There was a question recently on the Dynamics Community forums about finding out which enumeration to use behind an int type. It turned out that the table, field and enum in question was part of the kernel. Those entries reside under the System documentation node of the AOT, and they do not provide much meaningful details. Reflection works on them as well, so you could use the tooling the same way as on regular objects (Dict*, TreeNode objects). Here is a code snippet to read the AOT property for kernel objects.

static void Job1(Args _args)
            new DictField(
                fieldNum(SecurityPermission, Access))

You may also find some examples within the official documentation on how to use reflection. This example is getting class decoration of a method:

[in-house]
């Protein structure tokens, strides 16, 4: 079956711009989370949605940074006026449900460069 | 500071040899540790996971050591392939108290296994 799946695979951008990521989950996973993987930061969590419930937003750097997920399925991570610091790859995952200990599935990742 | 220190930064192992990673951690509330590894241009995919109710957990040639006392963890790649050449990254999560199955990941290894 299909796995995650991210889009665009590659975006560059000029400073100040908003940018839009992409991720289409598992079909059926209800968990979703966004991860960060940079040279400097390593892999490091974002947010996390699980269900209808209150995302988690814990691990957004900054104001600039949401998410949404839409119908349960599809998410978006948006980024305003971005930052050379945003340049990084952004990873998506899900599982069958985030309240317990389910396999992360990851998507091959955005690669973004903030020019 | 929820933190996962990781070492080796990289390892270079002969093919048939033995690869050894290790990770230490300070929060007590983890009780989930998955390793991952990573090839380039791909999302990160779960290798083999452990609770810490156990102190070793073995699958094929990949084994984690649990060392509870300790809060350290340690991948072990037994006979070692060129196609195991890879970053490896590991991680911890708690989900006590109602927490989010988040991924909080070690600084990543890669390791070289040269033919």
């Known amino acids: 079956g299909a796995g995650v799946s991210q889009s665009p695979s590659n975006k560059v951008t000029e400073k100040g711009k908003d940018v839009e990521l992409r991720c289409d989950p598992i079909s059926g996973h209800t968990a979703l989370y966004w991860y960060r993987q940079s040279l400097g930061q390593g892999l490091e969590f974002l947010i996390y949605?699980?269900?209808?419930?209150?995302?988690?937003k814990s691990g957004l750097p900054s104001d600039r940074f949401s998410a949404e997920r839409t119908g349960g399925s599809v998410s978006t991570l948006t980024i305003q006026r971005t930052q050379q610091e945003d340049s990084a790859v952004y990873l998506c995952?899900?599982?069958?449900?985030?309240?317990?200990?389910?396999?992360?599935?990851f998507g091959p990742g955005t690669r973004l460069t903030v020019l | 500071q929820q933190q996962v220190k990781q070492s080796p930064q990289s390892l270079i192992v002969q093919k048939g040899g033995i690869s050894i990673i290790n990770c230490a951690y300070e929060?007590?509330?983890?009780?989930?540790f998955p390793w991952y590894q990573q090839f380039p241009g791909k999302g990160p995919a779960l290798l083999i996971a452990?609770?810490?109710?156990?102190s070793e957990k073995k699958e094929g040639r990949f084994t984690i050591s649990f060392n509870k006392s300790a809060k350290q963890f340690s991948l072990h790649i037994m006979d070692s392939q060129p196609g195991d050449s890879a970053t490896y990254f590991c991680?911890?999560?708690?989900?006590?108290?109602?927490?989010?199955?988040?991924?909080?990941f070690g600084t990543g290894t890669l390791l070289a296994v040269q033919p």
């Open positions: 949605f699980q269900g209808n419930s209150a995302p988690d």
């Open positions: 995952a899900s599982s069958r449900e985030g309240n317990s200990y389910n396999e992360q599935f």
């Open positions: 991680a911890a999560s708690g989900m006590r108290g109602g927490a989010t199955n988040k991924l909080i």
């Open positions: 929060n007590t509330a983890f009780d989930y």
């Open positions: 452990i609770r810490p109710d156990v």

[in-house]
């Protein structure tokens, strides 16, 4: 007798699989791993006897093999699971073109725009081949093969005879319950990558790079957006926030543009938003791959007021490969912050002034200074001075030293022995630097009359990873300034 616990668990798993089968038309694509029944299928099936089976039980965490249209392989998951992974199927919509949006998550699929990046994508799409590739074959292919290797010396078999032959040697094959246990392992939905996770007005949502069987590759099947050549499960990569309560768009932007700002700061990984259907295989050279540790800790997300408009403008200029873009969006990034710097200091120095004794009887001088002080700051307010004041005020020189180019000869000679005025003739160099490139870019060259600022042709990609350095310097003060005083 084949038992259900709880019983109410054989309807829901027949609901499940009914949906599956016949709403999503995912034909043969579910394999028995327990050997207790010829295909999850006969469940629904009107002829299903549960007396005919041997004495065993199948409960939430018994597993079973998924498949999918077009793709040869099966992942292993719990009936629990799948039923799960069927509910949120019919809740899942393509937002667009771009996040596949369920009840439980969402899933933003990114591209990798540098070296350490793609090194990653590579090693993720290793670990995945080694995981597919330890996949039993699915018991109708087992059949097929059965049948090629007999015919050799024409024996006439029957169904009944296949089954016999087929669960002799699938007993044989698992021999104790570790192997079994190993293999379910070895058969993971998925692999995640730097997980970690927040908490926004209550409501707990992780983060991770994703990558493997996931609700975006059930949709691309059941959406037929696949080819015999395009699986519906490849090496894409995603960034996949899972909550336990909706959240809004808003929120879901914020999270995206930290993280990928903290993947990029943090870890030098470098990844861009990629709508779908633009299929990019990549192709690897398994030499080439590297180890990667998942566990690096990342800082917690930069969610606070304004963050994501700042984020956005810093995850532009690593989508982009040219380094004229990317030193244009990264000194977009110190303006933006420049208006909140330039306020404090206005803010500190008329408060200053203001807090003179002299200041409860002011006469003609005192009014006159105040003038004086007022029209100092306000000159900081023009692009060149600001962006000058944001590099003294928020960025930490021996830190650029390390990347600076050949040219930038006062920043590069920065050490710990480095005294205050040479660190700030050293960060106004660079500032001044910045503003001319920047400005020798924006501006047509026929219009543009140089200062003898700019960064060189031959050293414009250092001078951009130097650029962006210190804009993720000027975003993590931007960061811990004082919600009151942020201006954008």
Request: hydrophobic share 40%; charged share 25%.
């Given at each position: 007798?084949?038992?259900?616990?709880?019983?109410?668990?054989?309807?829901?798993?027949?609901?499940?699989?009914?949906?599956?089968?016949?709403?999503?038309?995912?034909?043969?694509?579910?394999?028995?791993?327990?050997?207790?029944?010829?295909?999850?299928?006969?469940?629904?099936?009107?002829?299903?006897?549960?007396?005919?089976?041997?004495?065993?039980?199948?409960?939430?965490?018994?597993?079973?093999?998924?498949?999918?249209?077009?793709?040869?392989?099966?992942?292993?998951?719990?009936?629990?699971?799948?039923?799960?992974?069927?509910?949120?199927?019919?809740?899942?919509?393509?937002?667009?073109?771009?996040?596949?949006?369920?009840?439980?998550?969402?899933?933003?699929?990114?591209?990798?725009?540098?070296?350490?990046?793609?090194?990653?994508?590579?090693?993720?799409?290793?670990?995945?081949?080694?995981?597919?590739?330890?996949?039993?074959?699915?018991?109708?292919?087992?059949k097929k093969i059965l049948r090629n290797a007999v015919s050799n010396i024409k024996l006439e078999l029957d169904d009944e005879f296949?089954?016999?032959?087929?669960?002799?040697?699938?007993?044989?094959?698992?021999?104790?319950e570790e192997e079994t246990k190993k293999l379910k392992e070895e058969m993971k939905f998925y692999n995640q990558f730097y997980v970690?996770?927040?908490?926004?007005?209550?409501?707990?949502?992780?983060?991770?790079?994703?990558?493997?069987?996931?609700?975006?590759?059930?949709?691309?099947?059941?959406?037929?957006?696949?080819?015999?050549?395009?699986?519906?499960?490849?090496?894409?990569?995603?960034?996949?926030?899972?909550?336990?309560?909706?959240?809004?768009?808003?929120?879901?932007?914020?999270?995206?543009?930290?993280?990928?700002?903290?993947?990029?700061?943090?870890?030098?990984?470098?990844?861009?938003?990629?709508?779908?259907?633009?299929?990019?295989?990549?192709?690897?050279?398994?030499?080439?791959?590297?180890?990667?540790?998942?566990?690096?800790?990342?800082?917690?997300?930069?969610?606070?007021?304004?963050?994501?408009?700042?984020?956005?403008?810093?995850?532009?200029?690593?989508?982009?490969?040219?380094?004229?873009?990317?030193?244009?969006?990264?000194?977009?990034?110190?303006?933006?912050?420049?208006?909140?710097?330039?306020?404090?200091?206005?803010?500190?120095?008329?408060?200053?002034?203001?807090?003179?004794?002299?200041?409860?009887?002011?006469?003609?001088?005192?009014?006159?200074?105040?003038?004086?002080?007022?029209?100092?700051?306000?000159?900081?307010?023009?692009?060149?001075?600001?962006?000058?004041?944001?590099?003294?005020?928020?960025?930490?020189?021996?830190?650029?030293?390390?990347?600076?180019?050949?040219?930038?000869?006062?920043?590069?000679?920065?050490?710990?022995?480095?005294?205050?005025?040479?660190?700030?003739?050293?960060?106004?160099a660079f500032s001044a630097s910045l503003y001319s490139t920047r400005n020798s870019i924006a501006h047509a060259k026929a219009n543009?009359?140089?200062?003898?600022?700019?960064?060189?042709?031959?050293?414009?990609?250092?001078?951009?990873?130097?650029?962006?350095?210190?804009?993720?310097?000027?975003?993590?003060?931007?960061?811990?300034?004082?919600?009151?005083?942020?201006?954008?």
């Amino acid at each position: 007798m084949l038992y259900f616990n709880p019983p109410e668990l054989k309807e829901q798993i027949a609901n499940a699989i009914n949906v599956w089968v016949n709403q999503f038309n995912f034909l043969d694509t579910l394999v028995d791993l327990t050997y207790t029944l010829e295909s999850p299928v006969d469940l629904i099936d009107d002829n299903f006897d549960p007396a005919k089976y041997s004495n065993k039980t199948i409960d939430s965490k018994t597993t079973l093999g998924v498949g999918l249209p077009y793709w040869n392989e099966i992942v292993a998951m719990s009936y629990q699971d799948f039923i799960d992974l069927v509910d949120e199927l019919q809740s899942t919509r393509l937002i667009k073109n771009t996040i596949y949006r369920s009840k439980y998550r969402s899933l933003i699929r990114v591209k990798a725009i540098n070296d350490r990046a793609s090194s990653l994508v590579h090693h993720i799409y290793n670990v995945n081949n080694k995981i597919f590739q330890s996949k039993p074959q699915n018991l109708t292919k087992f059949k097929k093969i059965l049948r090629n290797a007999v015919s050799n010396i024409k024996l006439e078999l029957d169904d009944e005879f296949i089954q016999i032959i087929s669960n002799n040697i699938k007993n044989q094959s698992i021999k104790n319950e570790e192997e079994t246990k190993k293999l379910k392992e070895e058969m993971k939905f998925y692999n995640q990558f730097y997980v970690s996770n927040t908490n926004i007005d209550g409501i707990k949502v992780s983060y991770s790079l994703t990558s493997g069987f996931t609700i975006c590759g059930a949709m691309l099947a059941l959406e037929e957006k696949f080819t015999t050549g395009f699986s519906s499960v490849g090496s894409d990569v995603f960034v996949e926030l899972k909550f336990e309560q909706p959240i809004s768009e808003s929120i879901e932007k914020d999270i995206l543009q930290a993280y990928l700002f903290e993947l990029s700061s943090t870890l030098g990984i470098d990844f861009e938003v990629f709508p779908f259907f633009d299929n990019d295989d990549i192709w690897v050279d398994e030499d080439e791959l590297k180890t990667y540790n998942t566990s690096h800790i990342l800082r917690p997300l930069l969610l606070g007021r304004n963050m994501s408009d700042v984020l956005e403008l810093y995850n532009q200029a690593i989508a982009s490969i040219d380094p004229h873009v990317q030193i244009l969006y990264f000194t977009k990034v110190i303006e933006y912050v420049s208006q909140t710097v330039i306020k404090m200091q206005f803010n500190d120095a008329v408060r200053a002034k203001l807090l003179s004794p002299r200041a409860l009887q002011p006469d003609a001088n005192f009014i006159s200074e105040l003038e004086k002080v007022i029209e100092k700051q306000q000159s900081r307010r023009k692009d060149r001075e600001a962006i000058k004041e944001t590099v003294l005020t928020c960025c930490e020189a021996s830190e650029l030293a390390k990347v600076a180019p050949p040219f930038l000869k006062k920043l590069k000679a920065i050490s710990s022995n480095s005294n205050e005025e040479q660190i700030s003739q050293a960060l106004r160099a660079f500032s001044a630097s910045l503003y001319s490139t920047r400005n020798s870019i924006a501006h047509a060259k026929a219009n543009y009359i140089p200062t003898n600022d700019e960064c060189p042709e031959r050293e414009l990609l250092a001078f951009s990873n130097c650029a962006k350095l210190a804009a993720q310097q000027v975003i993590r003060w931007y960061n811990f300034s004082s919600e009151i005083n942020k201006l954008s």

A fellow blogger, SysDictCoder has published some details on it as well about a decade ago.

You can do some really neat tricks, like compiling and executing custom code runtime with the XppCompiler framework (similar to RunBuf).

This tradition has been kept in Microsoft Dynamics 365 for Finance and Operations as well. It went through a lot of changes though, starting with keeping the source code (ModelStore) in an XML structure. Joris has a series of articles worth reading about the topic.

The new way of accessing this information is through MetaData providers. You can find some excellent articles on the topic, here are some examples:

I also had to play around with MetaData a bit in MSDyn365FO related to our code upgrade. Peter Villadsen from Microsoft gave a great idea during the Microsoft Technical Conference couple of years back. My next post will be about that, using the tool called BaseX to scan the source files for valuable information.